Its time we look at the long-term costs of fossil fuels and recognize that reduced consumption and the transition to renewable forms of energy is not a luxury, it is essential. For the most part we have ignored the details of how and where are energy comes from, content to have it and the rest be damned. If we truly care about future generations, perhaps it is time we become knowledgeable and empowered to make the best decisions for all of us, including our children.
The recent Inflation Reduction Act is not a panacea, but it does offer monetary incentives to benefit individuals as they transition to a more renewable lifestyle.
This website may be of help to those considering renewables.
Vernon Electric Cooperative currently relies on 12% of renewable energy through Dairyland Power. There are also VEC offerings to help offset fossil fuels. These include: options to buy into the Community Solar Farm run by VEC; another buy in program called Evergreen; and the option to create your own renewable energy (individually or in community) known as Distributed Generation. https://vernonelectric.org/renewables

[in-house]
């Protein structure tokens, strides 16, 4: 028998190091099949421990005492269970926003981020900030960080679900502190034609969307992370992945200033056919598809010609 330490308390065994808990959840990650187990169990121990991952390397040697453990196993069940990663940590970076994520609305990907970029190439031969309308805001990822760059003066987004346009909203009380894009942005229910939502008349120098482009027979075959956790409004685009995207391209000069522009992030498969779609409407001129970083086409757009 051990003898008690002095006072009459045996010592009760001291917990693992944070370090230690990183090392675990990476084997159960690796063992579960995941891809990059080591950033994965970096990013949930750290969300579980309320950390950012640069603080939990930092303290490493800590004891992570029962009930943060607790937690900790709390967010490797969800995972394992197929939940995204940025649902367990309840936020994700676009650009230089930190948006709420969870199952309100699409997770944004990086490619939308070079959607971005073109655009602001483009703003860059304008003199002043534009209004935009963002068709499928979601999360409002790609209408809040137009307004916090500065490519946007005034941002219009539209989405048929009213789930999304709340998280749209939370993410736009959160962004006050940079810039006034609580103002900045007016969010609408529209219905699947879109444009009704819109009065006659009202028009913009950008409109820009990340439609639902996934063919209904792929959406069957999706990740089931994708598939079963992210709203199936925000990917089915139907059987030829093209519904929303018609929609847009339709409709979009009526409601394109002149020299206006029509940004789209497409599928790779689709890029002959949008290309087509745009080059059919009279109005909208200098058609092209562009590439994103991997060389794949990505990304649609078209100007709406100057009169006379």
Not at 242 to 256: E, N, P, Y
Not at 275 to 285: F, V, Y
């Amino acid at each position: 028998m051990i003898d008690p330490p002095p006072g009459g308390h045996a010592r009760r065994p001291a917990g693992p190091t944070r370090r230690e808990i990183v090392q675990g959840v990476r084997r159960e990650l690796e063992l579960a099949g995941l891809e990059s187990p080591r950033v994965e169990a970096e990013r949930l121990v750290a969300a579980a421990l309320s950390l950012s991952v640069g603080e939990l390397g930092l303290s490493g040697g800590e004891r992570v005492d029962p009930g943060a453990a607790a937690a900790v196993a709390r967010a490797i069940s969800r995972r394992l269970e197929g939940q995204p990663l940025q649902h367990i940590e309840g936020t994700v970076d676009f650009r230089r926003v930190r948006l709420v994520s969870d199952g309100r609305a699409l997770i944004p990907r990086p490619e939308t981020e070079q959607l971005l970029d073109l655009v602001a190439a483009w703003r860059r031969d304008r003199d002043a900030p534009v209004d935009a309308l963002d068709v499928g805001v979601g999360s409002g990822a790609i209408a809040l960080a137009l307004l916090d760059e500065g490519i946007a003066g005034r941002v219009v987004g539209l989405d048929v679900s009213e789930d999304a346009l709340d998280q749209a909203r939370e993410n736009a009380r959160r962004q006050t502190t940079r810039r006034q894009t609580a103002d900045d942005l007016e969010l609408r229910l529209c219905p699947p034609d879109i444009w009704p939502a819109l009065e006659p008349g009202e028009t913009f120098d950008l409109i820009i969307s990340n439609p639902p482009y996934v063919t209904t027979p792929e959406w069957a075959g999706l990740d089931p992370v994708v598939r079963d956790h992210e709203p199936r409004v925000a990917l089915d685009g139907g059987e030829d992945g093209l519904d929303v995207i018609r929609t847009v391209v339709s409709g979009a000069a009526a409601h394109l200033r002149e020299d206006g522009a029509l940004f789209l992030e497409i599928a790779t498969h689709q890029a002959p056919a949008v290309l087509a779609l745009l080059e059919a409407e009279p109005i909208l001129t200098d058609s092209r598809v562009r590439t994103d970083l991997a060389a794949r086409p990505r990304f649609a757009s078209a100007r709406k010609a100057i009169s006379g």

And of course there is the need to reduce consumption. Focus on Energy is a statewide program that promotes energy saving projects and products.
VEC offers programs of using energy at off-peak times https://vernonelectric.org/peak-heatingev-charging. Using electricity in the early morning or late at night may reduce your costs but if you are serious about the transition from fossil fuels, it is significant to note that when we use electricity after the sun goes down we are accessing coal-fired energy. For this reason ramping up individual or community renewables and energy storage is the way to reduce our fossil fuel use. Perhaps VEC could find more ways to incentivize individuals who move towards renewables and storage, as we transition from fossil fuels.
#6 Empowering Individuals
The only way to advance in this time of energy transition is to do so with empowered individuals who care enough to take the time to learn and are concerned enough to take initiative. As we wake to the local and global implications of continued use of fossil fuels, we must step up our understanding of how to transition to renewable, sustainable and local energy practices. Steering our cooperative towards locally produced renewables will go a long way to reduce our energy footprint for future generations. There are incredible discoveries being made in energy storage and the costs for renewable systems continue to go down. We can make this transition if we have the will to do so.